fighting spam and scams on the Internet
"419" Scam – Advance Fee / Fake Lottery Scam
The so-called "419" scam is a type of fraud dominated by criminals from Nigeria and other countries in Africa. Victims of the scam are promised a large amount of money, such as a lottery prize, inheritance, money sitting in some bank account, etc.
Victims never receive this non-existent fortune but are tricked into sending their money to the criminals, who remain anonymous. They hide their real identity and location by using fake names and fake postal addresses as well as communicating via anonymous free email accounts and mobile phones.
Keep in mind that scammers DO NOT use their real names when defrauding people.
The criminals either abuse names of real people or companies or invent names or addresses.
Any real people or companies mentioned below have NO CONNECTION to the scammers!
Read more about such scams here or in our 419 FAQ. Use the Scam-O-Matic to verify suspect emails.
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Some comments by the Scam-O-Matic about the following email:
- An email address listed inside this email has been used in a known fraud before.
- The following phrases in this message should put you on alert:
- "million dollars" (they want you to be blinded by the prospect of quick money, but the only money that ever changes hands in 419 scams is from you to the criminals)
- "waiting for your urgent response" (scammers rush victims so they don't have time to think properly)
- This email message is a 419 scam. Please see our 419 FAQ for more details on such scams.
- This email lists mobile phone numbers. Use of such numbers is typical for scams because they allow criminals to conceal their true location. They can receive calls in an Internet cafe from where they send you emails, while pretending to be in some office.
- This email lists free webmail addresses. Use of such addresses is typical for scams. Lotteries, banks and any but the smallest of companies do not normally use such addresses. Criminals use them to anonymously send and receive email at Internet cafes.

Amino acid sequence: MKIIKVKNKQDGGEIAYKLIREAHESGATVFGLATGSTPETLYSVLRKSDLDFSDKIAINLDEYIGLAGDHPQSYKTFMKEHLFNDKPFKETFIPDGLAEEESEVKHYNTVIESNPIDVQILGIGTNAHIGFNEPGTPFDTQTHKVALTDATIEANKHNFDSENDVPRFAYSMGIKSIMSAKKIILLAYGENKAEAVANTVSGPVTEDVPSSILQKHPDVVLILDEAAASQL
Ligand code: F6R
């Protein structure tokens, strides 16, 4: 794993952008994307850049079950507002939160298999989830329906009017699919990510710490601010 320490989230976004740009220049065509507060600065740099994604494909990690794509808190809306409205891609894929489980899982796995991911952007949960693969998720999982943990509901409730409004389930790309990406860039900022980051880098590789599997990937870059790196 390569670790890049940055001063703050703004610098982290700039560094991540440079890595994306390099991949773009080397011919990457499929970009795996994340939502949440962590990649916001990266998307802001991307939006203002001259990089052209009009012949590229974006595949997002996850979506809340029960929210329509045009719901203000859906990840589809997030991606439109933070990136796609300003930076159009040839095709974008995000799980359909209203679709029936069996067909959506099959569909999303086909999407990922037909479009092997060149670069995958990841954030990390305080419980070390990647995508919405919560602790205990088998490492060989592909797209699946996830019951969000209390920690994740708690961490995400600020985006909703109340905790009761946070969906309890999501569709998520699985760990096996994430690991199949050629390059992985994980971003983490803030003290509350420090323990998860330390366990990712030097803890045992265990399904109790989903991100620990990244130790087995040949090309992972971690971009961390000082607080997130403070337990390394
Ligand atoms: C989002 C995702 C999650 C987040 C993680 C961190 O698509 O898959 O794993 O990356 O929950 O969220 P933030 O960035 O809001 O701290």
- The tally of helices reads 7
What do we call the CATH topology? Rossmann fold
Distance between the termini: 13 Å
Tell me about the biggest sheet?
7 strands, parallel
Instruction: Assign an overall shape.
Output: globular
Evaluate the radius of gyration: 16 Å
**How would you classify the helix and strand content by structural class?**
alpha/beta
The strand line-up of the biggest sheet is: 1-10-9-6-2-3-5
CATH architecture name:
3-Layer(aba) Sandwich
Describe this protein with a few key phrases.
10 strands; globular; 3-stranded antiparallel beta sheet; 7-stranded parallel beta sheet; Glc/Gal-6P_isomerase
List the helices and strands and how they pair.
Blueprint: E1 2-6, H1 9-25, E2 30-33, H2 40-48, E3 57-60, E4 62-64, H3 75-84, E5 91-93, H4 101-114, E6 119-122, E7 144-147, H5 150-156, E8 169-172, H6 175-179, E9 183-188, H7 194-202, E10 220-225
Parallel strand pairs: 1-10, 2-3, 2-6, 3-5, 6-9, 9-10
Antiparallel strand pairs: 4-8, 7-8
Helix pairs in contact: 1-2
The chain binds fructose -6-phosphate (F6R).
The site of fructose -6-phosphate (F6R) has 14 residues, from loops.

- email@example.com (email address has been used in a known fraud before)
Fraud email example:
From: Mrs. Sharron Ndlovu <firstname.lastname@example.org>
Date: Fri, 18 Feb 2011 02:53:37 -0500
Subject: From: Mrs. Sharron Ndlovu
This is HTML source of message you composed. Do not modify here.
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From: Mrs. Sharron Ndlovu
201 Kings way Ave Ackuland Park
Attn: Dear Sir /Madam
My name is Mrs. Sharron Ndlovu, from Zimbabwe Southern Africa I am The Wife of Late Mr. Hillary Ndlovu. Owner Ndlovusfarms Harare Ltd, affected by President Mugabes land reform acts which are depriving us of rights in all facts.
I apologize for any inconveniences this message may bring especially coming from complete stranger. However, it is an urgent call for assistance as our ugly (circumstance) predicaments here compelled my action. I have $12.5 Million dollars, which I will like to invest for my children Miss. Fikile and Junior, in your country through your company since I am not business incline following the lost of my husband.
If you are interested do get back to me for more information you can contact us through my above E-mail address:email@example.com
You may wish to read about the problems in Zimbabwe my country through the following links clearing any doubt proposition to ascertain my reasons of contacting you and the situation we are in and really will appreciate if you assist us, please if you are honest and trust worthy person contact me but if you are not or have bad intention against me and my family please do us a favor by ignoring this call.
Waiting for your urgent response
Mrs. Sharron Ndlovu
God bless you